Police chief shocked at traffic figures

MORE than 1500 traffic offences have been committed on Suffolk's roads in just two months.

MORE than 1500 traffic offences have been committed on Suffolk's roads in just two months.

Suffolk police's deputy chief constable, Jacqui Cheer said the figures were shocking.

The statistics show that 1515 offences ranging from not wearing a seatbelt to using a mobile phone while behind the wheel were committed on the county's roads from September 1 to October 21.

Last month The Evening Star's launched its Save A Life campaign, run in conjunction with Suffolk County Council and Suffolk Police, which was set up to help reduce casualties on the county's roads.

Dep Chf Cons Cheer said: “Worryingly, the number of people killed or seriously injured on roads in Suffolk is at a higher level than it was last year.

“Latest figures show that between 1st January and 24th October 2008, there were 318 people killed or seriously injured (KSI) on Suffolk's roads.

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“In the same period in 2007, there were 240 people killed or seriously injured. This is 78 more KSI casualties (an increase of 32.5%) in 2008 compared to 2007.”

During the campaign 893 people have been caught without a seatbelt, 209 drivers used their mobile phones and 413 motorists were caught speeding.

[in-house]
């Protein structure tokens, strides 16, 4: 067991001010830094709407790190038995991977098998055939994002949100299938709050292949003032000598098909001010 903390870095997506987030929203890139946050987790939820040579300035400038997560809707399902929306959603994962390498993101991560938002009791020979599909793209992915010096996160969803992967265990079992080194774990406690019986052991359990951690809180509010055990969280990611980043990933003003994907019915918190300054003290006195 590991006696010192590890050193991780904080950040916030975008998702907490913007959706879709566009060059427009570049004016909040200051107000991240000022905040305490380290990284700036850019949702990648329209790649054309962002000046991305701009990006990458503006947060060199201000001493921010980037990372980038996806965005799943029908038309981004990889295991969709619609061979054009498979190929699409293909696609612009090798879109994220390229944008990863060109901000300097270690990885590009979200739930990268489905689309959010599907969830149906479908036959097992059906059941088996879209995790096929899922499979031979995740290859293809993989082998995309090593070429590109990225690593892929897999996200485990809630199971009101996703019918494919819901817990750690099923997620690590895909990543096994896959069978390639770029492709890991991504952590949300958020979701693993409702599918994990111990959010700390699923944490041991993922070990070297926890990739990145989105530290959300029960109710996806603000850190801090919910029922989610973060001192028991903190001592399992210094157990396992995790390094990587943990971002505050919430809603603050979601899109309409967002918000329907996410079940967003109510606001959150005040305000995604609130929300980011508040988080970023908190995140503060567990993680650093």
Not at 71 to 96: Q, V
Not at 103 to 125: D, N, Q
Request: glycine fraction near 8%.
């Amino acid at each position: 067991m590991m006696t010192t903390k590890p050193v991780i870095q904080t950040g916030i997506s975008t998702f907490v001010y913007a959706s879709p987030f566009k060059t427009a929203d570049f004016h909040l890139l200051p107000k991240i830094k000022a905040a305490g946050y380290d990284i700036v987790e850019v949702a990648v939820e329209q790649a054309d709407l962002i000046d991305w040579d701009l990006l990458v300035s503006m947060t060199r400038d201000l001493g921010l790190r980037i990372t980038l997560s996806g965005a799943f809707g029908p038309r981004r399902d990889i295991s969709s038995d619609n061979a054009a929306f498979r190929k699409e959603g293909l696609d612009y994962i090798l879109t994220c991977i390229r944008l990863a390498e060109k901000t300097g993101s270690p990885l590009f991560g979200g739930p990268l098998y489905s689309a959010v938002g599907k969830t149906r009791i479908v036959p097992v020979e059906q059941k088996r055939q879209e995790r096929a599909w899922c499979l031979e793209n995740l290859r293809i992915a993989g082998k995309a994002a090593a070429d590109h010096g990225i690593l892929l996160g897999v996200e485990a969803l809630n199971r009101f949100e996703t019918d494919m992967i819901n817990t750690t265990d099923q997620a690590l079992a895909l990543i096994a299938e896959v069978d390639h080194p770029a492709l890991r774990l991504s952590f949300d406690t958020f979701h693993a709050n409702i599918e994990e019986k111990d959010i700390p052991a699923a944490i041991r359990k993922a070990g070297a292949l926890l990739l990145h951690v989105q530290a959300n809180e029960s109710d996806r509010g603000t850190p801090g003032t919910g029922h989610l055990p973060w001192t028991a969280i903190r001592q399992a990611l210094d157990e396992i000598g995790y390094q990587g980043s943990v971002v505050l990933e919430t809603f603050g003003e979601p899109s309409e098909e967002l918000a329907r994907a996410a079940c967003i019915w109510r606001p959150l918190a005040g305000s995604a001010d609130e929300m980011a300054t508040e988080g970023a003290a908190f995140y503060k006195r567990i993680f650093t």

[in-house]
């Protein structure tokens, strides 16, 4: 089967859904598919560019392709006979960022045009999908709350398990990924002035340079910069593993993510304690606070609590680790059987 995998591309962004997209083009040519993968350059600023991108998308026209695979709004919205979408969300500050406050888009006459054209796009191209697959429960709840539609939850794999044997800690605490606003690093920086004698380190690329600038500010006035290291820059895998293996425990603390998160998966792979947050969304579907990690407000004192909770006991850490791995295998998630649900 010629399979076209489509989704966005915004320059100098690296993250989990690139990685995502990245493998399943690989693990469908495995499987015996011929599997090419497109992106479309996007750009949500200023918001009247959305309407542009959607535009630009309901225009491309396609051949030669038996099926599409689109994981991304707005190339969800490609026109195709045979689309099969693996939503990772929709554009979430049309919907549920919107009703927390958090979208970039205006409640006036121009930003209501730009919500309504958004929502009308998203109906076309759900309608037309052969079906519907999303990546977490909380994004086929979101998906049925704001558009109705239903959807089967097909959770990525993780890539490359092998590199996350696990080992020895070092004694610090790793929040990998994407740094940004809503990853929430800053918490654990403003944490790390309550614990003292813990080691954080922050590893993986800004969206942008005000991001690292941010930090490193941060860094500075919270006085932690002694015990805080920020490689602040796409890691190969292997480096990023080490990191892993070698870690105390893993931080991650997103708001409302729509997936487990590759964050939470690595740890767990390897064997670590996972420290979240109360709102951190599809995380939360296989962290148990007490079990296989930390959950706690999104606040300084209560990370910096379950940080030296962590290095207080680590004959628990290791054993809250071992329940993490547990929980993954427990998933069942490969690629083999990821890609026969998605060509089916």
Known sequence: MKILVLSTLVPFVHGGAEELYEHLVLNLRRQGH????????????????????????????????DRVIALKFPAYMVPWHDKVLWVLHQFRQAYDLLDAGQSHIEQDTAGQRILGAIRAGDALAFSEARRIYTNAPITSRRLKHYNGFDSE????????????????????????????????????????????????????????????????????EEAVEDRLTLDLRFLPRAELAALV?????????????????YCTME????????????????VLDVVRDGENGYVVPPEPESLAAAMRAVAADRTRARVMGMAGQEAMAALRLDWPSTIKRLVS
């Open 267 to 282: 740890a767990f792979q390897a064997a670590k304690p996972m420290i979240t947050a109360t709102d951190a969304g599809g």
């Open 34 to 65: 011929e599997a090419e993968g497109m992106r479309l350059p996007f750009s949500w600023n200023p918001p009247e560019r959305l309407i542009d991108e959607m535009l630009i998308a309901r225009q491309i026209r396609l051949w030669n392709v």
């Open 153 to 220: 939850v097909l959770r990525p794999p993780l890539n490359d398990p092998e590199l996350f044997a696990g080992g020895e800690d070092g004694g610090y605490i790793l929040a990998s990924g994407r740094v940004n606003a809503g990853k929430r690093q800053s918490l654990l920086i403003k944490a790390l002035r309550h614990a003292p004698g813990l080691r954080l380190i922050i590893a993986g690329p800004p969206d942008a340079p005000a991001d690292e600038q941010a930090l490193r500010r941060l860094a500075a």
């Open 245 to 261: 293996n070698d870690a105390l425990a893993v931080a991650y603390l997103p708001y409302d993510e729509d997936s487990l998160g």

Another 276 fixed penalty notices have also been issued for other motoring offences, such as vehicle defects.

Dep Chf Cons Cheer said: “Each and every person committing a traffic offence could end up being a statistic. We hope this campaign will save lives by changing people's behaviour. I can't emphasise how important it is for everyone to drive according to the law; this is for your safety and the safety of others.”

The campaign is being supported by increased enforcement by Suffolk Safecam and on occasions officers are using speed cameras in unmarked vehicles in order to detect speeding motorists.

The campaign has also lead to the arrests of nine people for other offences unrelated to driving.

Motorists are also being urged to take extra care with the onset of winter with the turning back of the clocks and the cold weather leading to more collisions on the county roads.